C: Thinking about great weekends like this when we had the Foo Fighters, your band and Against Me in town, do you feel like Chicago had a stronger music scene when the Trio was just getting started or now?

MATT SKIBA: I think it's the same. I think the venues had changed with the exception of some of the bigger rooms. There's definitely different bands. I think change has happened but I think Chicago always has and always will be a stronghold of good music.

C: The band's been really active with their individual side projects lately. Do you have any more Sekrets material coming out?

MATT SKIBA: Yeah, I just finished another record right before we started preparing for these shows. I'm not sure when it's coming out but it's done. We just mastered it. I'm sure eventually we'll be doing some shows for that again. I think maybe in December the record will come out.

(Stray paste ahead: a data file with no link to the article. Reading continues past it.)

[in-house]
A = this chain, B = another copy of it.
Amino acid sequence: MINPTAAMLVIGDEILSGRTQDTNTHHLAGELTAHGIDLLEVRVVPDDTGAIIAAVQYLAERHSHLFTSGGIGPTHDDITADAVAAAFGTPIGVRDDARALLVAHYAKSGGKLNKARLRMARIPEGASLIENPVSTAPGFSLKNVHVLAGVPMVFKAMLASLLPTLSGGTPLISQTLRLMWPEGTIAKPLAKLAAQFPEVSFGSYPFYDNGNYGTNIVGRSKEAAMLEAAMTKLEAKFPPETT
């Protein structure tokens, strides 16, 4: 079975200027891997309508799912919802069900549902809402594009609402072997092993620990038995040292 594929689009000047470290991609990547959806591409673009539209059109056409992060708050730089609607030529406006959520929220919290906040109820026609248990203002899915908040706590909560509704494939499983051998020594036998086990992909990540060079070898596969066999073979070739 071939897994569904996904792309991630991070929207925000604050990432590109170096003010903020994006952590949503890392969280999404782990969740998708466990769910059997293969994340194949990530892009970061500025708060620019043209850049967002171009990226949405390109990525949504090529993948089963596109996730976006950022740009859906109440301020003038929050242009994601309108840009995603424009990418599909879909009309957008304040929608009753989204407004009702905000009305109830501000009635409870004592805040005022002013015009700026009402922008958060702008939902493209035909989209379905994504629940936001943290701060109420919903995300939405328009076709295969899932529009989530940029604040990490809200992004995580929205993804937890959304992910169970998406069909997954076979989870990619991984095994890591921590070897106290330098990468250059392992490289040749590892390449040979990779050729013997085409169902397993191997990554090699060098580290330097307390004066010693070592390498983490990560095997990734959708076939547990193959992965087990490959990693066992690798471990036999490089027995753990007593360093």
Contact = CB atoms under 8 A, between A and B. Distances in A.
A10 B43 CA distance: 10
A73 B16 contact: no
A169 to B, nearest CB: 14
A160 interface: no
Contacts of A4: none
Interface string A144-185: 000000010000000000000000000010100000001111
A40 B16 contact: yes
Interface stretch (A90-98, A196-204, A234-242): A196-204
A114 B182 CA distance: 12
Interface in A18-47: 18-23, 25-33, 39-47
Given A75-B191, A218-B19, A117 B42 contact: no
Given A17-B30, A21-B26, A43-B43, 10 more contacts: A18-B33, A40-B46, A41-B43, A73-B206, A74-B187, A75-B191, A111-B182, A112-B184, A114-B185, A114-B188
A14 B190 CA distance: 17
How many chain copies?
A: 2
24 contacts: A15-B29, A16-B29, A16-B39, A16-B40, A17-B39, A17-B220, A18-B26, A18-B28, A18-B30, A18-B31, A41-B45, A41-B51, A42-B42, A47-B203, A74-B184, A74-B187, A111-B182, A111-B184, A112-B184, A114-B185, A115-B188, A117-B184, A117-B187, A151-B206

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Alkaline Trio perform at the Metro during the band's "Past Live" residency. (Photo: Katie Karpowicz)
Chicagoist: Do you get a break after the New York string of "Past Live" shows?

MATT SKIBA: Well, we have time off but we have some more shows coming up and we're going overseas again. I have the Sekrets album coming out so I'll probably be doing some shows for that. We're always busy. I have an art show coming up in Los Angeles and some acting stuff going on too.

C: What kind of acting stuff?

MATT SKIBA: I can't really say right now. It's under wraps but it's exciting.

C: More exciting than being an extra in The Dark Knight?

MATT SKIBA: I don't think it gets any bigger than that. It's the biggest movie ever made so it's different. It is an actual role though.

C: And what about 15 years from now? Are you going to be back playing eight nights in a row with 16 albums?

MATT SKIBA: [laughs] I don't know. I'm still just handling today.